Director: Anthony Wonke
Stars: Christiano Ronaldo, Dolores Aveiro, Hugo Alerio
This documentary film captures an intimate and isolating snapshot of the life of Cristiano Ronaldo. Whilst providing a delicate insight into his family and his relationship with his son, the film navigates through the 2014 season, in which he won the Ballon D’or, and competed in the World Cup. The film may portray a glossy image of Ronaldo, but it still remains a revealing film, that shows Ronaldo as a sportsman who refuses to be anything less than the greatest in his professional career.
Ronaldo was shot over the course of fourteen months, and it is a combination of Cristiano’s day-to-day life, which of course shows him living in absolute luxury, and a number of different interviews from his family and friends, as well as Ronaldo himself. The film documents Ronaldo’s childhood, exploring his place of birth in Madeira, and his relationship with his alcoholic father. Interestingly, the film reveals quite a lot that most people probably would not know about Ronaldo. Also, what is most surprising is that even with his lavish lifestyle; fancy cars, immaculate house, and his momentous success as a footballer, he is very much a lonely figure. I would have found it quite sad that a man of his success and popularity lives in such isolation, with just the company of his son, but he is completely happy with his disconnection from the world in his personal life.
Ronaldo is consumed by his desire to be the best, proclaiming the people that loathe him are the ones that make him even more determined. I have a huge respect for Ronaldo and his continuously motivated and disciplined state of mind, and it is very much one of the factors that has contributed to his success. Also, as explored, his determination is obviously fuelled by the competition of Barcelona rival, Lionel Messi, and it emerges that they do actually have a mutual respect for each other.
It is generally understood that Ronaldo cares significantly for individual awards, even more than team awards, and the film acknowledges this. Most footballers would rather win the Champions league with their team, than the personal achievement of a Ballon D’or, but this is clearly not the case with Ronaldo. However, I feel the film does not delve deeply enough into why Ronaldo thinks so selfishly, and the film could have elaborated further on Ronaldo’s egotistical nature. The film avoids any controversy and ultimately tries to portray Ronaldo as positively as it can, which is hardly surprising.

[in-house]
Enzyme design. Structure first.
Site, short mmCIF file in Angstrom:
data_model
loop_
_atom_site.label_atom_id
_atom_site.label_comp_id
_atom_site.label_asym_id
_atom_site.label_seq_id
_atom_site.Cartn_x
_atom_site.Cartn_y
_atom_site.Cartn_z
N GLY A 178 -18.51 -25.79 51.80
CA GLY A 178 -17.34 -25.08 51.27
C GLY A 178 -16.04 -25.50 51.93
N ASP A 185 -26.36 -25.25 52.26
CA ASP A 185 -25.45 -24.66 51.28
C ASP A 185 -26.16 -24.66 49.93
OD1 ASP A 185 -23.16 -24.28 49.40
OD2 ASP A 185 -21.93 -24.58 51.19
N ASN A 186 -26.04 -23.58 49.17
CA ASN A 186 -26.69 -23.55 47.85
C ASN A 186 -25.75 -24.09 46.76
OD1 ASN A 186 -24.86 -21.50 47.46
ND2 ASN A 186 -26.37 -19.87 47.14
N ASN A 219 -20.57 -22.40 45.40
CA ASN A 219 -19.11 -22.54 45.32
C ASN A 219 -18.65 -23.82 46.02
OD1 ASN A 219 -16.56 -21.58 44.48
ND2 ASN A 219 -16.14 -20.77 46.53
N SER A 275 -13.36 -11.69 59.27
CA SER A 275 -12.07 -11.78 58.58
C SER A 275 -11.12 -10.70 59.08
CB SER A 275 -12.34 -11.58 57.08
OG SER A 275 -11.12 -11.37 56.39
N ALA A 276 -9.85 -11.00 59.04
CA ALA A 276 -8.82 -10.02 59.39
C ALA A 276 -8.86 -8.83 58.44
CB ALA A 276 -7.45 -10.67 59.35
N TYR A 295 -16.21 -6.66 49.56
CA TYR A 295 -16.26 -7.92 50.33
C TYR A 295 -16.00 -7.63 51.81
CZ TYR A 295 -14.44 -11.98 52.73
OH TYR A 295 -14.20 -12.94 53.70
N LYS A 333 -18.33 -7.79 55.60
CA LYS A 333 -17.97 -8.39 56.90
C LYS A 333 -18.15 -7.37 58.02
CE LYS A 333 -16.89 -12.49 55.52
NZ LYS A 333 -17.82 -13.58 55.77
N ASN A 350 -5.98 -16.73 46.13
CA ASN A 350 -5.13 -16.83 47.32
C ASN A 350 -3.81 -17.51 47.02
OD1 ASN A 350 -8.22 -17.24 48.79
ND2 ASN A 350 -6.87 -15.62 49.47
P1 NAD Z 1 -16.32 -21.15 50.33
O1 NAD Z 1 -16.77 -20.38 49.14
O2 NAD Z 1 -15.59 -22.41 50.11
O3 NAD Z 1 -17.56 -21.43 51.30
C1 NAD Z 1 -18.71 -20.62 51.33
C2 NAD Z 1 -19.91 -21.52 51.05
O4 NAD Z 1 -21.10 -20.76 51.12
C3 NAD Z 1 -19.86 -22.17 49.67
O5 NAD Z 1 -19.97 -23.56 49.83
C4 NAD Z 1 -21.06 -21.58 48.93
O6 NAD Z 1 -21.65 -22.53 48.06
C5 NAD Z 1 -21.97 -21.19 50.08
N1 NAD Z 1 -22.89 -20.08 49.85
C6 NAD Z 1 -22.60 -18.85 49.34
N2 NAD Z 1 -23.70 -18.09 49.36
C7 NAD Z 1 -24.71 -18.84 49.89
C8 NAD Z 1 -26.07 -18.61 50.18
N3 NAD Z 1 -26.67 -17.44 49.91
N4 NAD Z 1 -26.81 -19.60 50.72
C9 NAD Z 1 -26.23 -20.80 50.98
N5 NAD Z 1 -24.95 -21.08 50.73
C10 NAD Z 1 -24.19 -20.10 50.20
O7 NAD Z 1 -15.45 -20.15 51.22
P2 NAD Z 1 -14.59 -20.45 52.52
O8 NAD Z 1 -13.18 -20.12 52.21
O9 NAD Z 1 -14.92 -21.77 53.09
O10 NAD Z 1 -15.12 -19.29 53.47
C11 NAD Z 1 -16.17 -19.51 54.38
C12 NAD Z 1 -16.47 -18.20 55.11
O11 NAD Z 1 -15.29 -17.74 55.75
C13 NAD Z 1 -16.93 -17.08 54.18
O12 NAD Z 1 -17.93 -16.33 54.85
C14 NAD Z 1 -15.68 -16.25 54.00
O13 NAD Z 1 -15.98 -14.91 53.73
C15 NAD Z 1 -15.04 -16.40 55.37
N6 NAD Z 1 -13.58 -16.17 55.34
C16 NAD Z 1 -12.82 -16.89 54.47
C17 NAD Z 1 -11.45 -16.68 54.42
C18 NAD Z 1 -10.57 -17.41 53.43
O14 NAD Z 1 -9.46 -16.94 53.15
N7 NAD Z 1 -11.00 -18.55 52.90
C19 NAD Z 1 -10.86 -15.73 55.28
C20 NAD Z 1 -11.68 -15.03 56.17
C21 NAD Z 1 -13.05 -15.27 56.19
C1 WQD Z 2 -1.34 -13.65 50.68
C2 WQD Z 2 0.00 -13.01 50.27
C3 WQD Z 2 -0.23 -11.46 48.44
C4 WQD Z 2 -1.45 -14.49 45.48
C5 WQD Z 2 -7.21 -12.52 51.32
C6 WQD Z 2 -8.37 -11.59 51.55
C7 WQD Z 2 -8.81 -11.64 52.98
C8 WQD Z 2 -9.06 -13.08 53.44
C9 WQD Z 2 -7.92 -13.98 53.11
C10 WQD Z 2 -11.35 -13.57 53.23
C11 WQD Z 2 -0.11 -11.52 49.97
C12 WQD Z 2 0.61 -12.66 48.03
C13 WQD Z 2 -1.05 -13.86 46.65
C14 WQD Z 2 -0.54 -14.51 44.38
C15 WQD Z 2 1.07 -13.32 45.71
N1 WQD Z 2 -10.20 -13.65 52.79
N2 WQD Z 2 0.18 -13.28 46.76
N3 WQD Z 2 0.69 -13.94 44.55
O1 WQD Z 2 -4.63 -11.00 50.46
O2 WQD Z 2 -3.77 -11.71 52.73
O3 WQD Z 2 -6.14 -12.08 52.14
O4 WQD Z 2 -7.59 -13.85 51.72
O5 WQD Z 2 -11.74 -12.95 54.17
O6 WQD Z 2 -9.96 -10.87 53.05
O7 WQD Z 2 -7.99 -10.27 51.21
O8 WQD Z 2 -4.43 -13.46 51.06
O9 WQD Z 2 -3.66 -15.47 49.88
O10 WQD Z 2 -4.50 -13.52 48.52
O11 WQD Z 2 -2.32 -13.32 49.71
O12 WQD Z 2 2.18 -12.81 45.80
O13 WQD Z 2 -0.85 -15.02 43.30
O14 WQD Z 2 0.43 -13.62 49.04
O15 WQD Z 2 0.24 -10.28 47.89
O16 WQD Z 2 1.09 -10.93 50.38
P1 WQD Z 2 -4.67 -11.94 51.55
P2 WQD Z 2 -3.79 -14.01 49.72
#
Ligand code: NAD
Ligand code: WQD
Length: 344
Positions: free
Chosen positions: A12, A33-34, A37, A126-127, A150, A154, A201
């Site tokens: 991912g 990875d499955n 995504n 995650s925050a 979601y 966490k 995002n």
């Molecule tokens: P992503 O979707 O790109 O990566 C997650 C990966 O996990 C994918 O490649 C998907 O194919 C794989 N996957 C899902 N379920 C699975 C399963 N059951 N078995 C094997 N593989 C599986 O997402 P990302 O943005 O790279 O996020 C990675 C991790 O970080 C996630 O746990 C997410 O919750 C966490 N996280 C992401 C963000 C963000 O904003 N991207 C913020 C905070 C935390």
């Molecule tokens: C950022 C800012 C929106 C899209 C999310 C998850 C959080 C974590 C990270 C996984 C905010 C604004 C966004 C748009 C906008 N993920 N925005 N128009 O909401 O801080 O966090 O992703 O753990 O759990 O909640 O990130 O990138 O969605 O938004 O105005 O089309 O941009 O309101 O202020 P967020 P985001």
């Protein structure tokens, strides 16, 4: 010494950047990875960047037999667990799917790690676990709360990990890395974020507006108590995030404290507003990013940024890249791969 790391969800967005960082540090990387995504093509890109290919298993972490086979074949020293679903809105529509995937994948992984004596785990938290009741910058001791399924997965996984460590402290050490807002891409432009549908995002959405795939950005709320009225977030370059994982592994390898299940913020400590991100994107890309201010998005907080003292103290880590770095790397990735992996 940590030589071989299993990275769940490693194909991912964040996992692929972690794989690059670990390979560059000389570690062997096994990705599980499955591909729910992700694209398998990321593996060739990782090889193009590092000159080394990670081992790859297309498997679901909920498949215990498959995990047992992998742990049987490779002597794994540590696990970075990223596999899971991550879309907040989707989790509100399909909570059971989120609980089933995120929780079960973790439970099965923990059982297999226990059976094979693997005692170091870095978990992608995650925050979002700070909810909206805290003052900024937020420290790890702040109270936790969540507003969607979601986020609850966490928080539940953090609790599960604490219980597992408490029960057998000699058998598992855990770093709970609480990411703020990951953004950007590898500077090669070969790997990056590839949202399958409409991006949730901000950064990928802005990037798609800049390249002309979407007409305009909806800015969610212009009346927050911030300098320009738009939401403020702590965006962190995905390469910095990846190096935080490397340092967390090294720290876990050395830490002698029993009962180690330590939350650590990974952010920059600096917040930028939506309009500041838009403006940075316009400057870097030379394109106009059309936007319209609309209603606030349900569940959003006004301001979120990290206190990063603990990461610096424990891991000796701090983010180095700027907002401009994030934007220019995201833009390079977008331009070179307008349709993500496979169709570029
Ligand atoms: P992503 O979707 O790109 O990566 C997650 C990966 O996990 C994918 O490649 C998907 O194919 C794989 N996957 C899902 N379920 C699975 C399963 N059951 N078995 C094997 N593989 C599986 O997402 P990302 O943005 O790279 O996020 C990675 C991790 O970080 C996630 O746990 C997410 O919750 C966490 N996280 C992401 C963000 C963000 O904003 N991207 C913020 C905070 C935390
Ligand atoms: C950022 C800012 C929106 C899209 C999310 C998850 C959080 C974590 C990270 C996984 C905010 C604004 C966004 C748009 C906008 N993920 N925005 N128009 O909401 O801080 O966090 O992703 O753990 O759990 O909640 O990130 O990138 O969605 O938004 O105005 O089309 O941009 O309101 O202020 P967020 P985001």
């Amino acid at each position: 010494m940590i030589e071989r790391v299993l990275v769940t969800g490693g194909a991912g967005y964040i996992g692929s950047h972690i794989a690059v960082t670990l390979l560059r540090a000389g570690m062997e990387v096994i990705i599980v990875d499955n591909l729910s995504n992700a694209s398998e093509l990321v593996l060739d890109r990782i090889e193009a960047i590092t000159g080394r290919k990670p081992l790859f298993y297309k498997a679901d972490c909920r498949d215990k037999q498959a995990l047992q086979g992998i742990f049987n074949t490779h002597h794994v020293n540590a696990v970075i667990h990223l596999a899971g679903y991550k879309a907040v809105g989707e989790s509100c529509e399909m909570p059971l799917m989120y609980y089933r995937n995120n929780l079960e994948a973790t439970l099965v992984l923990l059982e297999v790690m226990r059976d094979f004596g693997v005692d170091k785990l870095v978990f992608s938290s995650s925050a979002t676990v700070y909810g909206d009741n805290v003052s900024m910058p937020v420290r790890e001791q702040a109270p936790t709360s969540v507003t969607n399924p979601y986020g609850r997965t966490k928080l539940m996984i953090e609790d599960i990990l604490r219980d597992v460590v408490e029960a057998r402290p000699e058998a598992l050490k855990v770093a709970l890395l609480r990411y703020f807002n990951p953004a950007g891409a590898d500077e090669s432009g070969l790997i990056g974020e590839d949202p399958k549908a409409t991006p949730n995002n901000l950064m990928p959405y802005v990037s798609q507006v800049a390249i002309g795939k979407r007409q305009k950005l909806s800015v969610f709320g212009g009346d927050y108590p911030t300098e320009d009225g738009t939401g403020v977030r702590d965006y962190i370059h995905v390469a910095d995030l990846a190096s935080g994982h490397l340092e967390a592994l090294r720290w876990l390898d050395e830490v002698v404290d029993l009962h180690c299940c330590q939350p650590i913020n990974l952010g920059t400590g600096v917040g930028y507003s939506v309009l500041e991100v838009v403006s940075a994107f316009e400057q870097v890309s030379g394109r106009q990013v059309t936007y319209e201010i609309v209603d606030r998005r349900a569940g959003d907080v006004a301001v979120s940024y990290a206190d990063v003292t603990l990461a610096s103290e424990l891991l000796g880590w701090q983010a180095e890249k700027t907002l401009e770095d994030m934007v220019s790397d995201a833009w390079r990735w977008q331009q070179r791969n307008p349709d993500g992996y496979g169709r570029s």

Throughout the film, it is clear that Ronaldo cares deeply about his son, but I found most of these scenes incredibly dull. I cannot help but feel that the extensive scenes featuring Ronaldo and his son, is the film’s urge to show he does have a sensitive side, attempting to revise the typical image and presumptions of Ronaldo. What the film seems to imply is that his enormous ego is one of his greatest strengths, and that few footballers have the same level of mental determination as Ronaldo. While his arrogance will continue to polarise opinion, it has surely only contributed to the huge profile of Ronaldo. His lack of humility will by no means negate his stature as one of the greatest footballers the game has seen.
Overall: Ronaldo remains an interesting film, that gives us a fine glimpse into the world of Cristiano Ronaldo. I would only recommend the film to those who have a profound interest in football. The film will be of little fulfilment for anyone who does not actually follow the sport. Whilst not a documentary that is a ground-breaking revelation of Ronaldo, it is still a film that football fans will find reasonably insightful.
Quoted: “Winning – That is the most important thing to me. It is as simple as that.”